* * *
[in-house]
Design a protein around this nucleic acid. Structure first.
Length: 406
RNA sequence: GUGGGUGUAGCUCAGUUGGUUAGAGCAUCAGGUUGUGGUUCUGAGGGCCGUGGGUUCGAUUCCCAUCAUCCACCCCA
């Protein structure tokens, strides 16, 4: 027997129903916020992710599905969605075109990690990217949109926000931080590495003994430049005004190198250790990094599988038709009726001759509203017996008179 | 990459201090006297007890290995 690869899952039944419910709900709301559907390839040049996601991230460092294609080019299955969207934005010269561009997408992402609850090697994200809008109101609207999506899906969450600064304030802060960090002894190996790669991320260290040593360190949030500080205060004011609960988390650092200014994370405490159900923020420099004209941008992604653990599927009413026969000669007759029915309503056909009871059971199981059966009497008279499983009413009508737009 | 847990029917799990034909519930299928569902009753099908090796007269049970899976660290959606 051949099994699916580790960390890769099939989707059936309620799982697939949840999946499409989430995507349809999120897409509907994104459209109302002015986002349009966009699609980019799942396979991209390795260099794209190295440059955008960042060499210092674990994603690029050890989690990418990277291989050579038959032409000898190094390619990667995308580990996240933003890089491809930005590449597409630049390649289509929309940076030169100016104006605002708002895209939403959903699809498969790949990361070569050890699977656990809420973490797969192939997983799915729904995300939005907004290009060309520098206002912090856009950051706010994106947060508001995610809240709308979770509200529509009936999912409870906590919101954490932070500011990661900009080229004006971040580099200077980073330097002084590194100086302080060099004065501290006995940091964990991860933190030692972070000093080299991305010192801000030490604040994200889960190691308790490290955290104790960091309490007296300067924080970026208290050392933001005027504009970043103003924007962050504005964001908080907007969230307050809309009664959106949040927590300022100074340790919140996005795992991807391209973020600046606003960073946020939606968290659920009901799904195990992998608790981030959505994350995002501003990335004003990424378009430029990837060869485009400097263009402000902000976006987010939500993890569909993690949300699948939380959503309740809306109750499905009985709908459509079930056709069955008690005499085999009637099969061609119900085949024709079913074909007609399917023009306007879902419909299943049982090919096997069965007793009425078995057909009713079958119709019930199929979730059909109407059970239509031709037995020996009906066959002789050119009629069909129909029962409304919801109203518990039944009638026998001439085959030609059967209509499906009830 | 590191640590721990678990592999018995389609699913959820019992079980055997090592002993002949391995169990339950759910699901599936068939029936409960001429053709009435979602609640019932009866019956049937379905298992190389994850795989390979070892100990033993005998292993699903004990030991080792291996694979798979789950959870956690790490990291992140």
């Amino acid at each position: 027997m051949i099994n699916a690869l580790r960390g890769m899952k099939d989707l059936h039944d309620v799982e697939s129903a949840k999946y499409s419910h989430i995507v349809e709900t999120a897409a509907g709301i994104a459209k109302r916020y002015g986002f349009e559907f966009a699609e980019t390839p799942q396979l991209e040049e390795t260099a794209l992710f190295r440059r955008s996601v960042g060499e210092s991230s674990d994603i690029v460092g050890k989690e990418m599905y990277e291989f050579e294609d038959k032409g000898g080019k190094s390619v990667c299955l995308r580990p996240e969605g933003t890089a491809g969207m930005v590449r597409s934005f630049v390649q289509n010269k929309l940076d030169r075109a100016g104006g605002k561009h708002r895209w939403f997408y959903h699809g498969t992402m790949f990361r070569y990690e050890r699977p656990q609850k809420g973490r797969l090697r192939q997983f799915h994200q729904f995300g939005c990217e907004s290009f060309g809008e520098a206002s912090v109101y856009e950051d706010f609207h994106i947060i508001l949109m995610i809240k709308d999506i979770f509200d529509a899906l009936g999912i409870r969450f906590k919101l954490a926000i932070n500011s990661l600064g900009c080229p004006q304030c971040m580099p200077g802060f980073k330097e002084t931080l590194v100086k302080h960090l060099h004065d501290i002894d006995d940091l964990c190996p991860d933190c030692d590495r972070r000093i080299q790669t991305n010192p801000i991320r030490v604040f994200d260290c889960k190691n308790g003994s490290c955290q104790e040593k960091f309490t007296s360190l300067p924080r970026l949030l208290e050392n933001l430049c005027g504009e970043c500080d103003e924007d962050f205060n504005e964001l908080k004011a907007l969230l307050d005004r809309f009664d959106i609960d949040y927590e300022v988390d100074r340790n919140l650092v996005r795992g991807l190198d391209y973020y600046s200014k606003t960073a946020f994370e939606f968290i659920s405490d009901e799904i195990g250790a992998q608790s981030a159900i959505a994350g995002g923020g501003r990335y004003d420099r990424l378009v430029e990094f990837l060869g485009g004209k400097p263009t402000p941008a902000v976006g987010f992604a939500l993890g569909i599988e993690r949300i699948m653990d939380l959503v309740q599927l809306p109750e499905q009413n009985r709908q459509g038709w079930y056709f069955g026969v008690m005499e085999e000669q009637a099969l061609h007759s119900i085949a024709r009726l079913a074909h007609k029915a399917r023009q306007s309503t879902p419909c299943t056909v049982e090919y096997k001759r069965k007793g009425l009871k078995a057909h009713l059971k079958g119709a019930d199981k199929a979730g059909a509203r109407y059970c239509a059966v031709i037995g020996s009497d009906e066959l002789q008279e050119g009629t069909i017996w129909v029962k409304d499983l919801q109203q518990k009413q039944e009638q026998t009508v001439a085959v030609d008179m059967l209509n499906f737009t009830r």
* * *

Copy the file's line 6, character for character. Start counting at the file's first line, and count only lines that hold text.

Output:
């Amino acid at each position: 027997m051949i099994n699916a690869l580790r960390g890769m899952k099939d989707l059936h039944d309620v799982e697939s129903a949840k999946y499409s419910h989430i995507v349809e709900t999120a897409a509907g709301i994104a459209k109302r916020y002015g986002f349009e559907f966009a699609e980019t390839p799942q396979l991209e040049e390795t260099a794209l992710f190295r440059r955008s996601v960042g060499e210092s991230s674990d994603i690029v460092g050890k989690e990418m599905y990277e291989f050579e294609d038959k032409g000898g080019k190094s390619v990667c299955l995308r580990p996240e969605g933003t890089a491809g969207m930005v590449r597409s934005f630049v390649q289509n010269k929309l940076d030169r075109a100016g104006g605002k561009h708002r895209w939403f997408y959903h699809g498969t992402m790949f990361r070569y990690e050890r699977p656990q609850k809420g973490r797969l090697r192939q997983f799915h994200q729904f995300g939005c990217e907004s290009f060309g809008e520098a206002s912090v109101y856009e950051d706010f609207h994106i947060i508001l949109m995610i809240k709308d999506i979770f509200d529509a899906l009936g999912i409870r969450f906590k919101l954490a926000i932070n500011s990661l600064g900009c080229p004006q304030c971040m580099p200077g802060f980073k330097e002084t931080l590194v100086k302080h960090l060099h004065d501290i002894d006995d940091l964990c190996p991860d933190c030692d590495r972070r000093i080299q790669t991305n010192p801000i991320r030490v604040f994200d260290c889960k190691n308790g003994s490290c955290q104790e040593k960091f309490t007296s360190l300067p924080r970026l949030l208290e050392n933001l430049c005027g504009e970043c500080d103003e924007d962050f205060n504005e964001l908080k004011a907007l969230l307050d005004r809309f009664d959106i609960d949040y927590e300022v988390d100074r340790n919140l650092v996005r795992g991807l190198d391209y973020y600046s200014k606003t960073a946020f994370e939606f968290i659920s405490d009901e799904i195990g250790a992998q608790s981030a159900i959505a994350g995002g923020g501003r990335y004003d420099r990424l378009v430029e990094f990837l060869g485009g004209k400097p263009t402000p941008a902000v976006g987010f992604a939500l993890g569909i599988e993690r949300i699948m653990d939380l959503v309740q599927l809306p109750e499905q009413n009985r709908q459509g038709w079930y056709f069955g026969v008690m005499e085999e000669q009637a099969l061609h007759s119900i085949a024709r009726l079913a074909h007609k029915a399917r023009q306007s309503t879902p419909c299943t056909v049982e090919y096997k001759r069965k007793g009425l009871k078995a057909h009713l059971k079958g119709a019930d199981k199929a979730g059909a509203r109407y059970c239509a059966v031709i037995g020996s009497d009906e066959l002789q008279e050119g009629t069909i017996w129909v029962k409304d499983l919801q109203q518990k009413q039944e009638q026998t009508v001439a085959v030609d008179m059967l209509n499906f737009t009830r």